Document Type

Article

Publication Date

12-9-2016

Publication Title

PLoS ONE

Abstract

Although protists (microbial eukaryotes) provide an important link between bacteria and Metazoa in food webs, we do not yet have a clear understanding of the spatial scales on which protist diversity varies. Here, we use a combination of DNA fingerprinting (denaturant gradient gel electrophoresis or DGGE) and high-throughput sequencing (HTS) to assess the ciliate community in the class Spirotrichea at varying scales of 1–3 km sampled in three locations separated by at least 25 km—offshore, midshelf and inshore—along the New England shelf. Analyses of both abundant community (DGGE) and the total community (HTS) members reveal that: 1) ciliate communities are patchily distributed inshore (i.e. the middle station of a transect is distinct from its two neighboring stations), whereas communities are more homogeneous among samples within the midshelf and offshore stations; 2) a ciliate closely related to Pelagostrobilidium paraepacrum ‘blooms’ inshore and; 3) environmental factors may differentially impact the distributions of individual ciliates (i.e. OTUs) rather than the community as a whole as OTUs tend to show distinct biogeographies (e.g. some OTUs are restricted to the offshore locations, some to the surface, etc.). Together, these data show the complexity underlying the spatial distributions of marine protists, and suggest that biogeography may be a property of ciliate species rather than communities.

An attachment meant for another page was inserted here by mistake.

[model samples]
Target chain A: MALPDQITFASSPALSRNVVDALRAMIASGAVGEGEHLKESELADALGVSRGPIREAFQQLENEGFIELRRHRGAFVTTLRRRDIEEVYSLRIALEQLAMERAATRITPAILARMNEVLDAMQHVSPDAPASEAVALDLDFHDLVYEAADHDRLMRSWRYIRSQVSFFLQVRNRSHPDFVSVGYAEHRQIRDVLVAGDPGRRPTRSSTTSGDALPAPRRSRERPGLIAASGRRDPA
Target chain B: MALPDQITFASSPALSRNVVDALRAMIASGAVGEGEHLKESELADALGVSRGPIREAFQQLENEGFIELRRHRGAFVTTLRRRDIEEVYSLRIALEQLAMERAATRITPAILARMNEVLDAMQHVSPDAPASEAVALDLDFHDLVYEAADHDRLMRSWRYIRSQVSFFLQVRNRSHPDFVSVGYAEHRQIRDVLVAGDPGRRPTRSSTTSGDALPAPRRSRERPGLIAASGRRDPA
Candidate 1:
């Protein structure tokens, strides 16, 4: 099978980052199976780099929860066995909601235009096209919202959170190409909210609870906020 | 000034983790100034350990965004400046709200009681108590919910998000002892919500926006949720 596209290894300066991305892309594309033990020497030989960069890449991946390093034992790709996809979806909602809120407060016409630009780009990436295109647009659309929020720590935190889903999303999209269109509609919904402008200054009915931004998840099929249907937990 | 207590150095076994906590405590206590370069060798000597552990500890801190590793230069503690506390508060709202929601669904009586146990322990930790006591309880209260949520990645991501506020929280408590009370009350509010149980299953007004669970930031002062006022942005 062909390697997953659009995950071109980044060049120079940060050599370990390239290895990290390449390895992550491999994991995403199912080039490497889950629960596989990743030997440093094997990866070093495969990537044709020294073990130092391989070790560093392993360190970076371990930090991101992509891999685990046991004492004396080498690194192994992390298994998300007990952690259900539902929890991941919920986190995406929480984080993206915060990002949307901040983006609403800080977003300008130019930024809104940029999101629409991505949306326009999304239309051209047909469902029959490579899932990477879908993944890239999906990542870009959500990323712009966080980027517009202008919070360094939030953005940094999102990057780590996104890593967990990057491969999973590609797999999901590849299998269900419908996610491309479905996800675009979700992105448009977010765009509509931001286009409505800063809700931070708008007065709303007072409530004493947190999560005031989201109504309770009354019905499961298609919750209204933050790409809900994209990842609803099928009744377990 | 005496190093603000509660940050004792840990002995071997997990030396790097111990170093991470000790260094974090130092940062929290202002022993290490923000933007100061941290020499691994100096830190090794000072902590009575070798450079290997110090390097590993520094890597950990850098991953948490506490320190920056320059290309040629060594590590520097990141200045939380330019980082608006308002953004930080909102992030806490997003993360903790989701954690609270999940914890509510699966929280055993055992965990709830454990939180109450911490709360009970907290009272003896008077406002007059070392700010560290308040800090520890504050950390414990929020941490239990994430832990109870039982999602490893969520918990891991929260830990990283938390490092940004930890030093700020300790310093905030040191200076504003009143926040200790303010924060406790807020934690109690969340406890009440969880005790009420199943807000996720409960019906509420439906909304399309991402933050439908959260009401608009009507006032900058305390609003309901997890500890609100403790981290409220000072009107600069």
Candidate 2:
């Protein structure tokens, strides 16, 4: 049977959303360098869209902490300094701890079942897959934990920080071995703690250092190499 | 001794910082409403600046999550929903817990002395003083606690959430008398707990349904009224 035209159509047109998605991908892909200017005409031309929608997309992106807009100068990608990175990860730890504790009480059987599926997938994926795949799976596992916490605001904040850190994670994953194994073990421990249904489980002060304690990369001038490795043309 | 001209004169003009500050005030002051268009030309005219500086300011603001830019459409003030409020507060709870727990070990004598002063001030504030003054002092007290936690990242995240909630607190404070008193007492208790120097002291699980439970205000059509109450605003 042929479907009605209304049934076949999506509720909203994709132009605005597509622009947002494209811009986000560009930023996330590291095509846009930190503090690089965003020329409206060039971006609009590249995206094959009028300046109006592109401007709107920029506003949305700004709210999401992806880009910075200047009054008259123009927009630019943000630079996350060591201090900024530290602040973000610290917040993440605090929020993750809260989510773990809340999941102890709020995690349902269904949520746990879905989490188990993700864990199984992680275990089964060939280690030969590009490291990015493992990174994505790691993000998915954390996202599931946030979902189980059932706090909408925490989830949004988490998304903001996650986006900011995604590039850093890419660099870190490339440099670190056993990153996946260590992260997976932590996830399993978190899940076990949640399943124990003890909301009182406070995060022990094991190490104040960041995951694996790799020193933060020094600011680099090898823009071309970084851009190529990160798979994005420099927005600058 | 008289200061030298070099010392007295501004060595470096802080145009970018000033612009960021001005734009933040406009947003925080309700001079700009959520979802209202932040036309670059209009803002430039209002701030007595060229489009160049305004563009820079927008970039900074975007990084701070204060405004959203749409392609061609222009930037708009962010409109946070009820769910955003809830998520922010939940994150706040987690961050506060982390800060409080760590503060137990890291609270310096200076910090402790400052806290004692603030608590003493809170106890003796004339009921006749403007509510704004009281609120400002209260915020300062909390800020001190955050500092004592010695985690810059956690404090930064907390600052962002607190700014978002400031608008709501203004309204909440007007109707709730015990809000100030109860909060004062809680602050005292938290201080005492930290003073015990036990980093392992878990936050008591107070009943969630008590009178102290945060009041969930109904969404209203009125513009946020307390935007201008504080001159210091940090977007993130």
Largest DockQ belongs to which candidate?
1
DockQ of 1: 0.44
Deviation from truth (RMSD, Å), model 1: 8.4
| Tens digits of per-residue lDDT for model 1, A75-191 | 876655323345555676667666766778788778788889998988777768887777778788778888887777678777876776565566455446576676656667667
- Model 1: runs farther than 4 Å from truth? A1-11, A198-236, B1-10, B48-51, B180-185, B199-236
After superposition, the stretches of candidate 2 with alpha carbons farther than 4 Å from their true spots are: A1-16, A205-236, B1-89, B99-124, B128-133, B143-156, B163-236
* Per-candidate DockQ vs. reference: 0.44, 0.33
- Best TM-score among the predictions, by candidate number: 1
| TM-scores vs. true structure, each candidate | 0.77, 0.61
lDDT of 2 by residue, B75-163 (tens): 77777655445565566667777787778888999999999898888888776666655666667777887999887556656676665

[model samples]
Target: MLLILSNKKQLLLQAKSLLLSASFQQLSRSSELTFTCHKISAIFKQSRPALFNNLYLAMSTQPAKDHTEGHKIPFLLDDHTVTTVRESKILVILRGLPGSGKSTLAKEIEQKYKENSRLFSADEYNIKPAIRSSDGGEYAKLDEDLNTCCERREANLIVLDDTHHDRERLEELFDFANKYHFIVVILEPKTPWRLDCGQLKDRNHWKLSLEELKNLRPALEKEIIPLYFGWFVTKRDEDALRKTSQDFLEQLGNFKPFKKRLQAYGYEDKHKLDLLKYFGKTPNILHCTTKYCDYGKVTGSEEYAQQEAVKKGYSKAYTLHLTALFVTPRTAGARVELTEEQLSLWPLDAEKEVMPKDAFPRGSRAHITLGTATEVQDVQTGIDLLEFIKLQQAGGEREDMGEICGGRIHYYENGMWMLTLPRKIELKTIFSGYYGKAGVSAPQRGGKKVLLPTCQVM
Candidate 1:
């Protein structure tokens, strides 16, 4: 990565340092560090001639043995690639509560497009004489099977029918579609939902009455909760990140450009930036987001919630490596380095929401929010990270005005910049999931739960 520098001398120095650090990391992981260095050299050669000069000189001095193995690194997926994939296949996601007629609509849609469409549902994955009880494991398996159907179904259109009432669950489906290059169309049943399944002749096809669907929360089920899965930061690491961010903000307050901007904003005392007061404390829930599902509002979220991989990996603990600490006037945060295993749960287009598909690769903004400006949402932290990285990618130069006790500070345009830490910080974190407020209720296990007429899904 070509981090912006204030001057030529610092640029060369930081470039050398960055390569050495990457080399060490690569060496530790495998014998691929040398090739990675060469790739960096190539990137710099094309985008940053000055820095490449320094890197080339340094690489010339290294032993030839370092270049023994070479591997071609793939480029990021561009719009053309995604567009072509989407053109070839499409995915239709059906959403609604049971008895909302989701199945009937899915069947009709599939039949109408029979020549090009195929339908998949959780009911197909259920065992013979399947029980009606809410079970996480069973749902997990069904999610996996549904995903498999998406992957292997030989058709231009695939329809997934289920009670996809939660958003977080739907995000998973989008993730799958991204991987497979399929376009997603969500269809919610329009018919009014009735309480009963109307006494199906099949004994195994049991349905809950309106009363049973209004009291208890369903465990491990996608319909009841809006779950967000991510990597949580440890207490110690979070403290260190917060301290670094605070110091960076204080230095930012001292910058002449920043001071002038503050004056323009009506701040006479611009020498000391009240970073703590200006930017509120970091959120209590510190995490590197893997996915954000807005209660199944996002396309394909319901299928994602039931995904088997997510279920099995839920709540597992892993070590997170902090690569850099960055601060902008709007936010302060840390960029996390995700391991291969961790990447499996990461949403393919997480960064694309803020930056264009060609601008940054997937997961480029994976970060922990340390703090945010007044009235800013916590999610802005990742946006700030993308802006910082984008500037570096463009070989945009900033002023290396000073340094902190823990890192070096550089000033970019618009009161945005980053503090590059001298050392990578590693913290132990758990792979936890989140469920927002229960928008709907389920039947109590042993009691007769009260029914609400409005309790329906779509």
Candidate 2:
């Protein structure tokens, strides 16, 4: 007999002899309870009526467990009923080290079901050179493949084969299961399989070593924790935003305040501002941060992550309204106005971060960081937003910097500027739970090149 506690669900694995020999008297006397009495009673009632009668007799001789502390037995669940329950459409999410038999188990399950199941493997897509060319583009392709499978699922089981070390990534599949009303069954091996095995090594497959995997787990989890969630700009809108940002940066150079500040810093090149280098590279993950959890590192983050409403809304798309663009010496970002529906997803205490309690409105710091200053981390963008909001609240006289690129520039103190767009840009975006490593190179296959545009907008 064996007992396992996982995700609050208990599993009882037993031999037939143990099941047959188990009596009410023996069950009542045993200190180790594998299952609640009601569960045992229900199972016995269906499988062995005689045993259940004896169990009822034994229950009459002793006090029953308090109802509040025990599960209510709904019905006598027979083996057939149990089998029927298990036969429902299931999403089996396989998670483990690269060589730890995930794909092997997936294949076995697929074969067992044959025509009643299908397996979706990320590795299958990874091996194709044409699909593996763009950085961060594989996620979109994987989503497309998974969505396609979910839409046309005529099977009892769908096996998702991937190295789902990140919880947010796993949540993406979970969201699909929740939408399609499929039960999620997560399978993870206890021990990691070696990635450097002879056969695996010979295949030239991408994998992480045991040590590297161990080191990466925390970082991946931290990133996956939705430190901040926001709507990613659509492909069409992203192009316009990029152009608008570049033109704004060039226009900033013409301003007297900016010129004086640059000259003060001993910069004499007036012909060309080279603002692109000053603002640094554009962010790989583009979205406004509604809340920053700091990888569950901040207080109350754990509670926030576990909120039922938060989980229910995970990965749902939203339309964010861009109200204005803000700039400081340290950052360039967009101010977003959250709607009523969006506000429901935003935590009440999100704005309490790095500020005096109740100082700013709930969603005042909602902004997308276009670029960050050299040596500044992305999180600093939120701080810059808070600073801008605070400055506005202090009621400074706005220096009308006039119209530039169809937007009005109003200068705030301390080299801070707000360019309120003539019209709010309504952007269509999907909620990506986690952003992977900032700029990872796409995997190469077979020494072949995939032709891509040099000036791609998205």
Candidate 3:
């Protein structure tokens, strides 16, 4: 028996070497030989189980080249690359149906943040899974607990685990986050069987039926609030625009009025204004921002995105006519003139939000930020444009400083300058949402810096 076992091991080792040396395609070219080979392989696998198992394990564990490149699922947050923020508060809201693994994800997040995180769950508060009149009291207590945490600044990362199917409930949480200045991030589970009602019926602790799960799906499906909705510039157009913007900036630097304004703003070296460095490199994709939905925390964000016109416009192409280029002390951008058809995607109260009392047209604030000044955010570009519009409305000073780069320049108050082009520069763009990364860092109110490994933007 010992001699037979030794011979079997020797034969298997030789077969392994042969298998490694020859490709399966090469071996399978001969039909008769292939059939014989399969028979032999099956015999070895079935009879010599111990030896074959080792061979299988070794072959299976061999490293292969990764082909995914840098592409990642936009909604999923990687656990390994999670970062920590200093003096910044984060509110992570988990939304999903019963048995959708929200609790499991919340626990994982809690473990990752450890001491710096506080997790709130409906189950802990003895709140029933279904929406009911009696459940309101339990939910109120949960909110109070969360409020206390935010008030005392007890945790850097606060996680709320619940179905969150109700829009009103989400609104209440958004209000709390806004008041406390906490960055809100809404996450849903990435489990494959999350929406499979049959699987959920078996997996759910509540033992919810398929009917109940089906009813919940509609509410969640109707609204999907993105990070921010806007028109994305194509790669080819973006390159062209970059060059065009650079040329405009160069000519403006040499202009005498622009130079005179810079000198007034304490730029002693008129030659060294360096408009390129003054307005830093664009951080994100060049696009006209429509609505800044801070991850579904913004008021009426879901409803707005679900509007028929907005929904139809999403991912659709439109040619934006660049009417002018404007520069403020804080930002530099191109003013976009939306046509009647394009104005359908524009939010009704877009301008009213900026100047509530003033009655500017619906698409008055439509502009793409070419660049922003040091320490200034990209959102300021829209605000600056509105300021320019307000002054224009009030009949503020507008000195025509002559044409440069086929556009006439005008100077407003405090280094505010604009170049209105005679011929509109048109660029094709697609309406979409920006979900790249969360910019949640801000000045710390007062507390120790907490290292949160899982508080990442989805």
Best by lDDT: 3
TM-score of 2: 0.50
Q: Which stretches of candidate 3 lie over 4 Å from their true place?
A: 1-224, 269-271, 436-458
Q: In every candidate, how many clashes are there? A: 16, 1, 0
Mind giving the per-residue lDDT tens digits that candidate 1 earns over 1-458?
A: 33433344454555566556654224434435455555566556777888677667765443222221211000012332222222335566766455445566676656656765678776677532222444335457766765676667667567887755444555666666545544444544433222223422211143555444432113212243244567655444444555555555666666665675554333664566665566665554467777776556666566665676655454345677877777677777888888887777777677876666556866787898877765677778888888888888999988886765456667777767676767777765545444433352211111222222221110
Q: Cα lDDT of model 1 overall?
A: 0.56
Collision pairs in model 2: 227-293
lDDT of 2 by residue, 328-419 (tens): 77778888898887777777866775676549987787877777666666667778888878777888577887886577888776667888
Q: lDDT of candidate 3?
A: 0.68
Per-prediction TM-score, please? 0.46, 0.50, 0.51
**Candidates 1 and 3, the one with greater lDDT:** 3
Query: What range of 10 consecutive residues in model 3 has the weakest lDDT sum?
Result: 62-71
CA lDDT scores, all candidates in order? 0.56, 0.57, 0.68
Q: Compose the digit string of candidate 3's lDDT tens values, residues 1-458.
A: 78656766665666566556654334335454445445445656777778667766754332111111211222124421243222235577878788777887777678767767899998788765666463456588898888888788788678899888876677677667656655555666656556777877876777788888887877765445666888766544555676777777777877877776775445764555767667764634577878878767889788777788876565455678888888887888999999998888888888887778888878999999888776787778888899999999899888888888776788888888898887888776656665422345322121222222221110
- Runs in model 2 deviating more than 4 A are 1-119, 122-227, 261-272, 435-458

Keywords

sexual reproduction, genome, transcriptome, gene inventory, meiosis, life cycle

Volume

11

Issue

12

DOI

10.1371/journal.pone.0167659

Creative Commons License

Creative Commons Attribution 4.0 License
This work is licensed under a Creative Commons Attribution 4.0 License.

Rights

© 2016 Grattepanche et al. This is an open access article distributed under the terms of the Creative Commons Attribution License, which permits unrestricted use, distribution, and reproduction in any medium, provided the original author and source are credited.

Included in

Biology Commons

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